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U.S. v. MISCELLANEOUS FIREARMS
June 8, 2001
UNITED STATES OF AMERICA, PLAINTIFF,
MISCELLANEOUS FIREARMS, EXPLOSIVES, DESTRUCTIVE DEVICES AND AMMUNITION, DEFENDANTS.
The opinion of the court was delivered by: Mills, U.S. District Judge:
This is a peripheral sequel to United States v. Fleischli,
119 F. Supp.2d 819 (C.D.Ill. 2000).
More specifically, it is a civil forfeiture action.
On August 11, 1998, agents of the Bureau of Alcohol, Tobacco &
Firearms ("ATF") seized firearms and ammunition from the home of Joseph
and Donna Fleischli at 1119 South MacArthur and from Mr. Fleischli's
business at 1905 East Washington. Various explosives and other items
were also seized from Mr. Fleischli's business.
On October 16, 1998, Donna Fleischli — the Claimant here —
timely filed a claim as to nearly all of the seized items. The ATF
requested that Claimant execute a Bond for Costs and a Power of Attorney
and also inquired as to which firearms she was claiming. By letter dated
March 1, 1999, the ATF received the requested information. However,
because the Bond for Costs was incomplete, the ATF requested by letter on
April 29, 1999, that Claimant properly complete and execute the form.
The ATF received all of the necessary information by May 20, 1999. It
was then that it referred the matter to the United States Attorney's
Office for initiation of a judicial action to enforce the forfeiture of
property. The forfeiture action was filed on February 8, 2000.
The cause is now ripe for a ruling on Claimant's motion for partial
II. SUMMARY JUDGMENT STANDARD
Summary judgment "shall be rendered forthwith if the pleadings,
depositions, answers to interrogatories, and admissions on file, together
with affidavits, if any, show that there is no genuine issue as to any
material fact and that the moving party is entitled to a judgment as a
matter of law." Fed.R.Civ.P. 56(c); Celotex Corp. v. Catrett,
477 U.S. 317, 322 (1986). The movant must point out those parts of the
record which demonstrate the absence of any genuine issue of material
fact. See Catrett, 477 U.S. at 323. In deciding a motion for summary
judgment, the record is viewed in favor of the non-moving party and all
reasonable inferences are to be drawn in favor of that party. See
Anderson v. Liberty Lobby, Inc., 477 U.S. 242, 255 (1986).
Before proceeding to a discussion of the merits, the Court will discuss
the local rule that pertains to summary judgment motions. The applicable
local rule provides that "[a]ll motions for summary judgment, responses
and replies shall comply with the requirements of this rule." Local Rule
7.1(D). It further provides that any filings that do not so comply shall
be stricken by the Court. See id.
Claimant submitted her allegedly undisputed material facts along with
her motion for summary judgment. Local Rule 7.1(D)(2) provides the
procedure for responding to a motion for summary judgment. Specifically,
any party opposing the motion must (1) list and number any fact which is
conceded to be undisputed and material; (2) list by number any fact which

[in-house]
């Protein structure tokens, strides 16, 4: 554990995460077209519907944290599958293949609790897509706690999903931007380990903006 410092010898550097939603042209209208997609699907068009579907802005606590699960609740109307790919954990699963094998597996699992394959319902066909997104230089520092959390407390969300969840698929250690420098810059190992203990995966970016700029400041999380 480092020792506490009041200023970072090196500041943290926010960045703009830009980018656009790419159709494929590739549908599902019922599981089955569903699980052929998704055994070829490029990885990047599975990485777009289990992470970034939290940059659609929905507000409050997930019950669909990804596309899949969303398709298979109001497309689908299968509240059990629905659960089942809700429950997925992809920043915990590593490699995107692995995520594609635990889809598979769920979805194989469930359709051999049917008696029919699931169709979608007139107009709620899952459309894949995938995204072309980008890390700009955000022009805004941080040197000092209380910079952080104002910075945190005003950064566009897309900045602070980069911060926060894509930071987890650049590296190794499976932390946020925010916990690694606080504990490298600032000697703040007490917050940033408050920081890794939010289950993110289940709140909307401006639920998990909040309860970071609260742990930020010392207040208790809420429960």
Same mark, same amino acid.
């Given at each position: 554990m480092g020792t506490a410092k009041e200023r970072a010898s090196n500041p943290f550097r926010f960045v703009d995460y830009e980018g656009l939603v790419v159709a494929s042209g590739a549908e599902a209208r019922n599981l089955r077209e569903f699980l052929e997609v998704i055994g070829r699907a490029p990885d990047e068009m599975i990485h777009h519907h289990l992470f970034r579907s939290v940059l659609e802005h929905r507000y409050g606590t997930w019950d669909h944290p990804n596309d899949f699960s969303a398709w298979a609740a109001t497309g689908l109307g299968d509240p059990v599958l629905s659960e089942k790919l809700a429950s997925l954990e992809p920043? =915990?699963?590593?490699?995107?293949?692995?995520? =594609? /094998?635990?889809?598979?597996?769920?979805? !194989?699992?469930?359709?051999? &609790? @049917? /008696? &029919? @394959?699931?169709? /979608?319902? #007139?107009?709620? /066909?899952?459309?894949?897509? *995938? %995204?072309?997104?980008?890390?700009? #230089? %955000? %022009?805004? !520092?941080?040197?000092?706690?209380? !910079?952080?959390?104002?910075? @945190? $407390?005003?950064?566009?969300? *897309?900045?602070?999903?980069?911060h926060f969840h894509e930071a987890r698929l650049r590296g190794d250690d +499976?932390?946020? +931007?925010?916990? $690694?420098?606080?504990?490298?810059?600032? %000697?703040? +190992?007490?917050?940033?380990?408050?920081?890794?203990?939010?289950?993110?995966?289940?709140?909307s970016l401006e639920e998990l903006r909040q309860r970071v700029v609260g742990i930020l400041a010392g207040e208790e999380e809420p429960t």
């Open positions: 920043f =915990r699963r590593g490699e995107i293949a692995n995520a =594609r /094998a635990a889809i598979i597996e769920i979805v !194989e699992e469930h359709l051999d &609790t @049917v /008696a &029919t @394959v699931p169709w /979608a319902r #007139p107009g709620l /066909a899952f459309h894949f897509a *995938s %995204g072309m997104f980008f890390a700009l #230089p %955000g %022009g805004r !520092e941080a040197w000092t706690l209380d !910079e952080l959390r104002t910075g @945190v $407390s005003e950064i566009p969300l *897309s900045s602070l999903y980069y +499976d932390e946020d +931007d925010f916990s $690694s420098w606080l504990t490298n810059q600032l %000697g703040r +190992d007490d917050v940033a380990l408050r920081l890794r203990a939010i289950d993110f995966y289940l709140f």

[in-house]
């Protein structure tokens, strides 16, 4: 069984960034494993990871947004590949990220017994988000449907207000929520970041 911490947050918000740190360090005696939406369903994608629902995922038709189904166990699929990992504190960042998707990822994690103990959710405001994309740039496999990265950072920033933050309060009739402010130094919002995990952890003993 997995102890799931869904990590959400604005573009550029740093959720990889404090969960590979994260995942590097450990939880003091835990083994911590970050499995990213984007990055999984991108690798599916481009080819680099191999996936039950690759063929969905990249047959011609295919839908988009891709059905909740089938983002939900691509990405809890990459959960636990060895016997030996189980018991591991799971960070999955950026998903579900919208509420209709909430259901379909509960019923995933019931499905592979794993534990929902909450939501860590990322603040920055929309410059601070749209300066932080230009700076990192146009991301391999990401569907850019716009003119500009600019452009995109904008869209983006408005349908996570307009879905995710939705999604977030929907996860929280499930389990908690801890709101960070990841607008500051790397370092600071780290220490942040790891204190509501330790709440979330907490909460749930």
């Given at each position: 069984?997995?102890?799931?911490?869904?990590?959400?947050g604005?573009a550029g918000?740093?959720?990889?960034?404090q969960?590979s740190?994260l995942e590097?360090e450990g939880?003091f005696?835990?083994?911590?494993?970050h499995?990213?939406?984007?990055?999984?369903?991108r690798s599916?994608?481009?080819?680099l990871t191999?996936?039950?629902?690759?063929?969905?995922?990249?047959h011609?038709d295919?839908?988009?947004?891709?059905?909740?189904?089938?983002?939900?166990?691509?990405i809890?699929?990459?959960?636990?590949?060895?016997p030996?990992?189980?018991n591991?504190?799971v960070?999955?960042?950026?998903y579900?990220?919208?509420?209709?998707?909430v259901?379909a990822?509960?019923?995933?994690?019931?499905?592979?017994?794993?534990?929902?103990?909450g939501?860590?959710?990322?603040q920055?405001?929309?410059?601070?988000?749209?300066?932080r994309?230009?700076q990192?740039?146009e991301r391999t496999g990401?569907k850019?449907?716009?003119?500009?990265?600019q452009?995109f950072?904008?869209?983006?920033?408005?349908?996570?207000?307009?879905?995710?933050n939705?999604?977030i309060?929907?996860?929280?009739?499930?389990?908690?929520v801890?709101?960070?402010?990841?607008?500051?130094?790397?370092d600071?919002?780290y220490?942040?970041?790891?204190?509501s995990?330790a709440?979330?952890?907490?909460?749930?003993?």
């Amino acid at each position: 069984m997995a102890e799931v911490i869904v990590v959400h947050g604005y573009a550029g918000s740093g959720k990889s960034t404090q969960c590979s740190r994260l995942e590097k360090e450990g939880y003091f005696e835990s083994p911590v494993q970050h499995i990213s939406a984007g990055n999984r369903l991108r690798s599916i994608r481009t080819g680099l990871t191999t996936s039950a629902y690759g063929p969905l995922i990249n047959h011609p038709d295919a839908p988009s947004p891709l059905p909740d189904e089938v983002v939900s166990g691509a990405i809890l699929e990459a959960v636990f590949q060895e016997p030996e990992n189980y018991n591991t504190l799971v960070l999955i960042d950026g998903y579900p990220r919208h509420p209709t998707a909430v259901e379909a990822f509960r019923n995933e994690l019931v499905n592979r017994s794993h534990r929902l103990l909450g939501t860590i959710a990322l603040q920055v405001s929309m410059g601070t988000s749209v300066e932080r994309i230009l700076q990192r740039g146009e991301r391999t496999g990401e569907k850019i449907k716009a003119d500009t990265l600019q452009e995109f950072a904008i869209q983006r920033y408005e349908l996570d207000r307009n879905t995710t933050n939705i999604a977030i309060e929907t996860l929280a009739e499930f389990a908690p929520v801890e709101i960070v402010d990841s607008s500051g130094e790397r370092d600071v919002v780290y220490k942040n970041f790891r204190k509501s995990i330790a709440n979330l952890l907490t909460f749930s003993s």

is claimed to be disputed; (3) list by number any fact which is claimed
to be immaterial to the motion; and (4) list and number any additional
material fact raised in opposition to the motion. See Local Rule
7.1(D)(2)(b). The Government has failed to comply with the requirements
of the local rule by not responding to Claimant's allegedly undisputed
material facts and by not asserting any additional material facts to
defeat Claimant's motion.
As the Court earlier noted, Claimant has submitted a list of material
facts which she alleges is not in genuine dispute. Most of the allegedly
undisputed material facts concern the items that were seized on August
11, 1998, and whether they constitute "firearms," "ammunition," or
"explosives." Summary judgment "shall be rendered forthwith if the
pleadings, depositions, answers to interrogatories, and admissions on
file, together with affidavits, if any, show that there is no genuine
issue as to any material fact and that the moving party is entitled to a
judgment as a matter of law." Fed.R.Civ.P. 56(c); Catrett, 477 U.S. at
322. Unless the non-movant responds to the movant's allegedly undisputed
material facts, it is very difficult for the Court to determine if there
is a "genuine issue as to any material fact" and therefore whether
summary judgment is appropriate. However, there appear to be only two
bases for the instant motion: (1) the forfeiture action was not timely
filed; and (2) some of the items seized do not constitute "explosives"
or "explosive materials." Thus, in the interest
of judicial economy, the
Court will attempt to determine if there is a genuine issue as to any
material fact on the basis of the record.
The complaint in this action asserts that the forfeiture of firearms
and ammunition is based upon 18 U.S.C. § 924(d)(1) and
26 U.S.C. § 5872. Section 924(d)(1) provides in pertinent part:
[a]ny firearm or ammunition involved in or used in any
knowing violation of subsection . . . (g) . . . [or]
. . . (j) . . . of section 922 . . . or willful
violation of any other provision of this chapter . .
. shall be subject to seizure and forfeiture . . . and
all provisions of the Internal Revenue Code of 1986
relating to the seizure, forfeiture, and disposition
of firearms . . . shall, so far as applicable, extend
to seizures and forfeitures under the provisions of
this chapter. 18 U.S.C. § 924(d)(1).
Section 5872(a) provides in relevant part that "[a]ny firearm involved
in any violation of the provisions of this chapter shall be ...
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